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Establishing the Building Internet of Things, One Technology at a Time
September 6, 2017 - Building Automation
By Chad Hollingsworth
Digitalization is quickly becoming the new normal across industries, and now facilities management is joining the revolution. More than 76 percent of facilities management departments now receive facility-related notifications and alerts on their smart devices (as reported in the March 2016 cover story of Building Operating Management). While this is only one step toward connectivity, it’s a sign that times are changing.
Smart devices are just the tip of the iceberg. The Building Internet of Things (IoT) is where the future lies. Connected devices and sensor technologies offer exciting possibilities for gathering and sharing building and facilities data so facility managers can make better, more informed decisions. You can see the value that this offers when you consider that most facilities engineers and technicians spend 20 percent of their time looking for the latest blueprints, as-builts, warranties, and other critical maintenance and repair information. In addition to being inefficient, it is costly. A study a few years ago in the Journal of Construction Engineering and Management estimated the annual median cost of rework in the U.S. due to poor document control was about $4.2 billion per year, and that figure could well be higher now.
The good news is that technology is available today to automate building and system management, maintenance, repair, and reporting. Smart buildings and facilities now use connectivity solutions for real-time, automatic building data and response, and rely on software platforms to create a single, digital stream of information. Technicians deployed to repair an HVAC system can log their service call from their smart devices. Similarly, an electrician working on a generator install can access blueprints, punch list items, or specs from the field, all in real-time.
Sensor technologies are also adding value. For example, environmental sensors used during the building phase can monitor temperature, pressure, and smoke to try to predict and prevent damage, and are increasingly being deployed during the operations phase to monitor for mold growth, fire outbreaks, and water leaks. Similarly, wearable sensors used to monitor workers’ activity during construction — when they arrive on a site, when they leave, and where they are located — can be used by facilities managers after buildings have been completed to monitor worker activity and location to optimize manpower, site control, and security.
Emerging technologies have the potential to enable facilities to be run better, safer, and faster than ever before. But how do you choose a technology that’s most effective for a given application? There are several issues to consider when conducting due diligence, including the following key questions:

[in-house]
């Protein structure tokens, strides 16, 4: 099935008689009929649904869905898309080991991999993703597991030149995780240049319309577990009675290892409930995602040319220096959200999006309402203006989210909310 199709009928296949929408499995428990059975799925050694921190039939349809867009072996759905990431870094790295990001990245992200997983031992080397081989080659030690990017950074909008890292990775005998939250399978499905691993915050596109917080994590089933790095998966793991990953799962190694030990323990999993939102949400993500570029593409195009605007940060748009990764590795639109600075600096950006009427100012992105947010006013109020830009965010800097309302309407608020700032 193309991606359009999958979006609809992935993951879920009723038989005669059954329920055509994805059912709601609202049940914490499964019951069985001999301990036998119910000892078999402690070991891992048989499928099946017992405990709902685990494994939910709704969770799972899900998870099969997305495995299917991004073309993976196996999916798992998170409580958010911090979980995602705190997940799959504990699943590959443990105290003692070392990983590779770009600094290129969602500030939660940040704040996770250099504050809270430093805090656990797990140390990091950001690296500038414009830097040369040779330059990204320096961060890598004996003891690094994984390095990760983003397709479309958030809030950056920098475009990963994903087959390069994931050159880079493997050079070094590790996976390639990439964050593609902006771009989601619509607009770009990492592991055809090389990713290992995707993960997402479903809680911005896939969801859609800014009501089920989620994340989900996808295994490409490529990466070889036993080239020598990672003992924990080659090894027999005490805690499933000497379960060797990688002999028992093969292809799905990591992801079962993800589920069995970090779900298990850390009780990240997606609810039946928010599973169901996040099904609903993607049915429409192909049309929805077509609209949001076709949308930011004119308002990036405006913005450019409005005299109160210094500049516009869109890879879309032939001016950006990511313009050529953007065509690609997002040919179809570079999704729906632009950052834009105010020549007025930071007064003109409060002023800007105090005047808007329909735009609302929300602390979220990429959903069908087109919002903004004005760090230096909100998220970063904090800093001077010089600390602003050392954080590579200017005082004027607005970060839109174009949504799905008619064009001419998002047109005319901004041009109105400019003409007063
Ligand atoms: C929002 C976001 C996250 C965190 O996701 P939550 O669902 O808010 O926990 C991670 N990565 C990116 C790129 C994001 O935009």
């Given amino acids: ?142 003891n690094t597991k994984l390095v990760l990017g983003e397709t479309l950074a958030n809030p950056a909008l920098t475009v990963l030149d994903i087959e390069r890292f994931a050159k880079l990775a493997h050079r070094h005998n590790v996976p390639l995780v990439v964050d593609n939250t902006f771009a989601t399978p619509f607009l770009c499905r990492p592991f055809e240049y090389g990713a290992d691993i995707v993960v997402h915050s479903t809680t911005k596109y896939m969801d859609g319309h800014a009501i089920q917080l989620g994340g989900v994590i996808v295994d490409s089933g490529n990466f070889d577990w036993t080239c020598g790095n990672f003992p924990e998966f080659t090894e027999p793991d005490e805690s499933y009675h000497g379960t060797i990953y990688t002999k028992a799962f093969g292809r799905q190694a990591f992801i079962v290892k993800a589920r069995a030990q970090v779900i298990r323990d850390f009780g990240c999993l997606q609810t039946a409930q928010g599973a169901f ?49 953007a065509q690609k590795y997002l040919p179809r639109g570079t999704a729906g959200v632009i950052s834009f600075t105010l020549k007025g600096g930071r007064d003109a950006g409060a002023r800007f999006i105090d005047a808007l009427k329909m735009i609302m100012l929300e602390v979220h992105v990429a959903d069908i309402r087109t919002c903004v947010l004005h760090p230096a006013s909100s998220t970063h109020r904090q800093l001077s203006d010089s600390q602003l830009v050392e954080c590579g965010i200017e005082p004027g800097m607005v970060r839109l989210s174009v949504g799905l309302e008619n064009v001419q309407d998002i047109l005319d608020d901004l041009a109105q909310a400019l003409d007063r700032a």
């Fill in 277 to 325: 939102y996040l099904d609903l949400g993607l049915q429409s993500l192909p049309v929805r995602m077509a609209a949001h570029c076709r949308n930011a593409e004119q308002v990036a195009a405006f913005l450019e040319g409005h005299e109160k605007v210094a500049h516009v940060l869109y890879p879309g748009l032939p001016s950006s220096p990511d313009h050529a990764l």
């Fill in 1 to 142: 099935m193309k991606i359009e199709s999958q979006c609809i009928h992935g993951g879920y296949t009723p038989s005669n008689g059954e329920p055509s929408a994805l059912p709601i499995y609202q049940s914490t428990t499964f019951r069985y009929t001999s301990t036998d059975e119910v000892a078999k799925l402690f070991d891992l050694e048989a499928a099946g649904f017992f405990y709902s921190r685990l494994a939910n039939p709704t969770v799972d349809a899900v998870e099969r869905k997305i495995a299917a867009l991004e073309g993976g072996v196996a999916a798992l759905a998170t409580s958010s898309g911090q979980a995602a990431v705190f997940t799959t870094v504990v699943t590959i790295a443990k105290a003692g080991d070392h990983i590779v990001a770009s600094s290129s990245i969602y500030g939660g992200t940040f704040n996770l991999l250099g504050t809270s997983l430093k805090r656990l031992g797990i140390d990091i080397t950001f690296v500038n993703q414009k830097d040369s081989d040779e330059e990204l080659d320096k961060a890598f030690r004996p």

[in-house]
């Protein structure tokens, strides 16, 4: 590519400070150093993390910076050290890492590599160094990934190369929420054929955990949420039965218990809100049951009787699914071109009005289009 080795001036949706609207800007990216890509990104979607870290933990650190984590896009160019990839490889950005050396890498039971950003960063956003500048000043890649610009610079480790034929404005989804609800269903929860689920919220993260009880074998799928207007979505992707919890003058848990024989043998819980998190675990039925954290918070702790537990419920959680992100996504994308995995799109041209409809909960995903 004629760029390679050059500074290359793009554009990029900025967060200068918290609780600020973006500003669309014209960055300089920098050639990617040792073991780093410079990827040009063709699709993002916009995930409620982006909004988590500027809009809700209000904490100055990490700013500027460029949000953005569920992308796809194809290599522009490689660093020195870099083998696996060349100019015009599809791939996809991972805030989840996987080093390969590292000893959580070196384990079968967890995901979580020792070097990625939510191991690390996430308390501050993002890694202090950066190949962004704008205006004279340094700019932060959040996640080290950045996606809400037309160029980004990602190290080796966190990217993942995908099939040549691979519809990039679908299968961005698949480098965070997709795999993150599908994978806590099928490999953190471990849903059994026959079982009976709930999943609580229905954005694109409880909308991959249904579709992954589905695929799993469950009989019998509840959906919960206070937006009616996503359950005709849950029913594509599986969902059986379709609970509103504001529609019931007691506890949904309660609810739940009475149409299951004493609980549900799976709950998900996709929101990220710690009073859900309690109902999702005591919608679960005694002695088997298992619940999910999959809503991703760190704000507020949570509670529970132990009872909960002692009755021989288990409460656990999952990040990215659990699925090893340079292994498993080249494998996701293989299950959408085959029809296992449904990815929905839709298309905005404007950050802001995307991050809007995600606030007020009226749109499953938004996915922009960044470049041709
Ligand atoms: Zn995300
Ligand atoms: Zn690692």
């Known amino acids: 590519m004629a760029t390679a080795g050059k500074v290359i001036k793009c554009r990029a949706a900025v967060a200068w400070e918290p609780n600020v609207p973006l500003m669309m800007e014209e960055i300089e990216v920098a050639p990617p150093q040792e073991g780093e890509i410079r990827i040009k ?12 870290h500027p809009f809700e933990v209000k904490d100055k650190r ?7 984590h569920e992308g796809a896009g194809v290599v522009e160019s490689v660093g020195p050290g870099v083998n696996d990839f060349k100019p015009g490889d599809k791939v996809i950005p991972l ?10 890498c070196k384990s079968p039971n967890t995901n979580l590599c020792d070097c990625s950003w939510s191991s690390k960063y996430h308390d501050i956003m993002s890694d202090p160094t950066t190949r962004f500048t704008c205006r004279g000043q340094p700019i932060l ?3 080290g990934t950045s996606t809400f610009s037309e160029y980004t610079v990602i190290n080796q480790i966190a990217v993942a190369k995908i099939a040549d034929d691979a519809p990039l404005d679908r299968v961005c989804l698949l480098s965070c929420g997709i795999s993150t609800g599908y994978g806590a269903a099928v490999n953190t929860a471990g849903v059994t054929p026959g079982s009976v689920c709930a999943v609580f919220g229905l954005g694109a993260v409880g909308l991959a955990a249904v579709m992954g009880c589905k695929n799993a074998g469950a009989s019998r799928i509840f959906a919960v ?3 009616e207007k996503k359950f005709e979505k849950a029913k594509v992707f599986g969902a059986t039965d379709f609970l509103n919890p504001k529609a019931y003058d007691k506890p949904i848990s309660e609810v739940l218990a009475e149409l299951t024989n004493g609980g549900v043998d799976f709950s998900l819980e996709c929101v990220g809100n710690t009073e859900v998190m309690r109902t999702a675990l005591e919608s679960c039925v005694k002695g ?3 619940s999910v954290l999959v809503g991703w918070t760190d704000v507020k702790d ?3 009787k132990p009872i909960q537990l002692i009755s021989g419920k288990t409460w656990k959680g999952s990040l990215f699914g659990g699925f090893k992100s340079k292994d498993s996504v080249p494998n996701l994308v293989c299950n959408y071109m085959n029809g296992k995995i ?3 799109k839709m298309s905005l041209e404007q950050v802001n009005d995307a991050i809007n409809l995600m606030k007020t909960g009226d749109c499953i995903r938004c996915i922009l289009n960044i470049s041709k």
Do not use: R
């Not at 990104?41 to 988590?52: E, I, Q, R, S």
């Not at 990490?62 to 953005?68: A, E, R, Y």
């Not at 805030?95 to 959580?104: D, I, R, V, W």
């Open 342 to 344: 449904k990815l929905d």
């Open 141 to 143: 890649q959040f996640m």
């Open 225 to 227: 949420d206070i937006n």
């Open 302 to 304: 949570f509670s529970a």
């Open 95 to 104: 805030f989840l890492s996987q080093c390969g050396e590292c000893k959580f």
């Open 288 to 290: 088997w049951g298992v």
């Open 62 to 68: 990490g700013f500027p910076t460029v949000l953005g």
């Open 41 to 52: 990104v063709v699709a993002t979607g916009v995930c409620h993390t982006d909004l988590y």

1. Will it work and be supported for the long term?
Before investing in digital, it’s critical to see how the solution works in a “live” setting. Beyond a demonstration, inquire about potential site visits or limited pilots, and at the very least, speak with existing users. Along those lines, if the vendor is promoting a product that isn’t readily available today, keep looking. Consider the company’s on-boarding and support services. Best-in-class companies offer on-site training, online resources and dedicated customer support. Also, find out how long the company has been in business and its track record. Since your purchase should be the start of a relationship, not a one-time transaction, make sure you are confident the company will be around for the next several years.
2. How is the Technology Deployed and Maintained?
To ensure the success of the technology, consider what would be involved in deployment, training, and implementation. In the case of connected systems, find out how much hardware and accessory components are required — which is particularly important for large buildings — as well as how the technologies stay powered and what happens in the event of power loss. In the case of information management software on smart phones or tablets, for example, what are the policies about device ownership and care?
For truly successful implementations, involve subject matter experts from facilities, operations, upper management, safety, security, human resources, and communications from the beginning. Engage them in evaluating IoT technology and establishing processes through deployment and beyond.
3. Does It Play Nice?
Finally, technology must be developed with the Building Internet of Things ecosystem in mind. Since managers, operators, and field technicians don’t have the time or budget to rework a system or toggle between multiple hardware and software platforms, legacy technology must be able to communicate with your newest solutions. Make sure the platform is developed to integrate with third-party systems, and offers an option to push or pull the data into your preferred system of analysis or record. Advances will be ineffective if your solutions don’t work together.
The Building Internet of Things is giving building operators and facilities managers the power to view and leverage total facility information at their fingertips. It’s an exciting time for the industry, and will not only enable smarter buildings, but also smarter building management.
Chad Hollingsworth is co-founder and president of Triax Technologies, a leading provider of technology for construction site connectivity. Its spot-r wearable technology provides real-time visibility into the worksite to improve safety and increase productivity. He can be reached at firstname.lastname@example.org.